A Brief History of Everything Wireless

How Invisible Waves Have Changed the World


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Opportunity lost

2019-02-14 [Petri]

NASA's Opportunity rover was intended to work for 90 days after its landing on Mars in 2004. That amount of operational time would have been enough to deem the mission a complete success.

But like its sister probe, Spirit, which lasted up till 2010, Opportunity kept on breaking longevity records: it worked way past its “warranty period”, finally dying last year during a major sandstorm. The effect on the visibility of that storm is depicted in the accompanying image.

After almost 15 years the batteries had already deteriorated, and another deep discharge caused by the storm may now have destroyed them entirely. Opportunity was parked and turned into a minimum power state as the storm approached, but one of its heaters had stuck in an “on” position, so there was no way to entirely minimize the power drain during the storm.

It is also very likely that the storm has now covered the solar panels to the extent that it is impossible to start a new charging cycle under the already bleak Martian sunshine, and as Opportunity has not responded to any of the radio signals sent to it since the storm that ended last August, the project has been finally concluded to come to its end.

Opportunity was expected to cover about one kilometer of distance during its mission. Instead, it has wandered over the surface of Mars across a whopping 45 kilometers, sending stunning images and unprecedented amount of data from the onboard science experiments.

All in all, both Opportunity and is sister Spirit have demonstrated how autonomous operation of robotic probes can provide tons of scientific information for a fraction of the cost of a manned mission. For safety reasons, everything has to be done at a much slower phase, but with longevity like this, time is an abundant resource.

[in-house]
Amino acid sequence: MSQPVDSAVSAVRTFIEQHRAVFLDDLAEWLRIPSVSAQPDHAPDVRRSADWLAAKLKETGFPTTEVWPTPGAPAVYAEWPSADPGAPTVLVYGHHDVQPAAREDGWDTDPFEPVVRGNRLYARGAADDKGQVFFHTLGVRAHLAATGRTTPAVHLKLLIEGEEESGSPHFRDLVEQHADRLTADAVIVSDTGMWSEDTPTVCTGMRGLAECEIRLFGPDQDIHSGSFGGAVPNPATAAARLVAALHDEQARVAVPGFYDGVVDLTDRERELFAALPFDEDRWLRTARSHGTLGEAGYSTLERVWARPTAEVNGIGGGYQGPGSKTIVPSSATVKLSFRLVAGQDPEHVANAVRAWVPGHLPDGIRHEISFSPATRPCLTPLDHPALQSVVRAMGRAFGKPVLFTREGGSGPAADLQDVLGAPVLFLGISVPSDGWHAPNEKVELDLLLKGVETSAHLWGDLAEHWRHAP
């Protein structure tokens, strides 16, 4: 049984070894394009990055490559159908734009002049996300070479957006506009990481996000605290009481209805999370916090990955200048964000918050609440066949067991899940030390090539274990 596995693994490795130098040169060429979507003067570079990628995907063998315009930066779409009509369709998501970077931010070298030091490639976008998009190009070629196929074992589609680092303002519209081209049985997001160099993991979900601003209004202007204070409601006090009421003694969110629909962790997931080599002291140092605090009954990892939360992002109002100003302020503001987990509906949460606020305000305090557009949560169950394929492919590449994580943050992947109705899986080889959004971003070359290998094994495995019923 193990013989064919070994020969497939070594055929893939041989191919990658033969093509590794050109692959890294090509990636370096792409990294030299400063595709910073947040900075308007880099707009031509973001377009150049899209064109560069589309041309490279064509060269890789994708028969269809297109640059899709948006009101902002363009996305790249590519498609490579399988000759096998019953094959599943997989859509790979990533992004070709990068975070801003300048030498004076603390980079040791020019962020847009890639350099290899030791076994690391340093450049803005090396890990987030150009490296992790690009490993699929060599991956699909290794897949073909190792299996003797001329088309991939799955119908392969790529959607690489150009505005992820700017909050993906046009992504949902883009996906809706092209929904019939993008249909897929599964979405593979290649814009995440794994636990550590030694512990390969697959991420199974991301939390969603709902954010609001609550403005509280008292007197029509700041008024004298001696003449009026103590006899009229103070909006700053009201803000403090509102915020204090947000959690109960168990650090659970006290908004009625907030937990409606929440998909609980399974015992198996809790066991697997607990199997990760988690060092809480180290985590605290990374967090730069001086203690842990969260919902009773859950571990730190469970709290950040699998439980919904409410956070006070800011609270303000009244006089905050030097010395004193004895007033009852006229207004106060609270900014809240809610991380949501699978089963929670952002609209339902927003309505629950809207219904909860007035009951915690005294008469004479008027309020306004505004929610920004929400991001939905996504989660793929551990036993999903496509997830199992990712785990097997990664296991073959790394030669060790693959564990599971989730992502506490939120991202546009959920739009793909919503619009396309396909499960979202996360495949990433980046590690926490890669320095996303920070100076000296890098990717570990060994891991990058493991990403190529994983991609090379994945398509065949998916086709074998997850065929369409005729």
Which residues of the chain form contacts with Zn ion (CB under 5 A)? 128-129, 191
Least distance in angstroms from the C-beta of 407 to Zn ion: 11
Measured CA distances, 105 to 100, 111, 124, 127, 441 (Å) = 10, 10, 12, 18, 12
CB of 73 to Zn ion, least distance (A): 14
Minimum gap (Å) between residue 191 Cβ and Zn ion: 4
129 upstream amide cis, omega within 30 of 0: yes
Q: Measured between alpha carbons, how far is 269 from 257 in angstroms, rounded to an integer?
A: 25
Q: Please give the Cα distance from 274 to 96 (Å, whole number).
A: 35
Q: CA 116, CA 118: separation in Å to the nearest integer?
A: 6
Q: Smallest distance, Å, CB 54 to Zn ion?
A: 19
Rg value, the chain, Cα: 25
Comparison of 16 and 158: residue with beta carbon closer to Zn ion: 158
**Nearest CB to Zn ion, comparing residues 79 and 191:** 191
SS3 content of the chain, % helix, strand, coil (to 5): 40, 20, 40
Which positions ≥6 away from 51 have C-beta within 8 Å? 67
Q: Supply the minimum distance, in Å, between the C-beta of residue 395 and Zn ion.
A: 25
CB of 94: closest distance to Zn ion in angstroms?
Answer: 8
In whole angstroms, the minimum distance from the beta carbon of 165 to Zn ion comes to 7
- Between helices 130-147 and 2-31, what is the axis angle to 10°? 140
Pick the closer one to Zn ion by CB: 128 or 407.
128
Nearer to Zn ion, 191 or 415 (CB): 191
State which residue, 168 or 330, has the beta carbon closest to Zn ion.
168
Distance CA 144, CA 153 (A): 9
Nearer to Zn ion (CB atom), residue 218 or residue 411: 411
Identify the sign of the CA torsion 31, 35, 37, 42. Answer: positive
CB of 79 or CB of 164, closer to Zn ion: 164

Naturally “being there” and being able to touch, analyze and act on the spot would be ideal, but while we are waiting for SpaceX to get their interplanetary hardware up and running (and especially flying), robotic probes are an excellent stop-gap measure, and they will always have an important support role, even if the humankind eventually manages to have a local presence on Mars.

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Simulated view of the Sun during the storm (NASA/JPL-Caltech/TAMU)


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You can purchase A Brief History of Everything Wireless: How Invisible Waves Have Changed the World from Springer or from Amazon US, CA, UK, BR, DE, ES, FR, IT, AU, IN, JP. For a more complete list of verified on-line bookstores by country, please click here.


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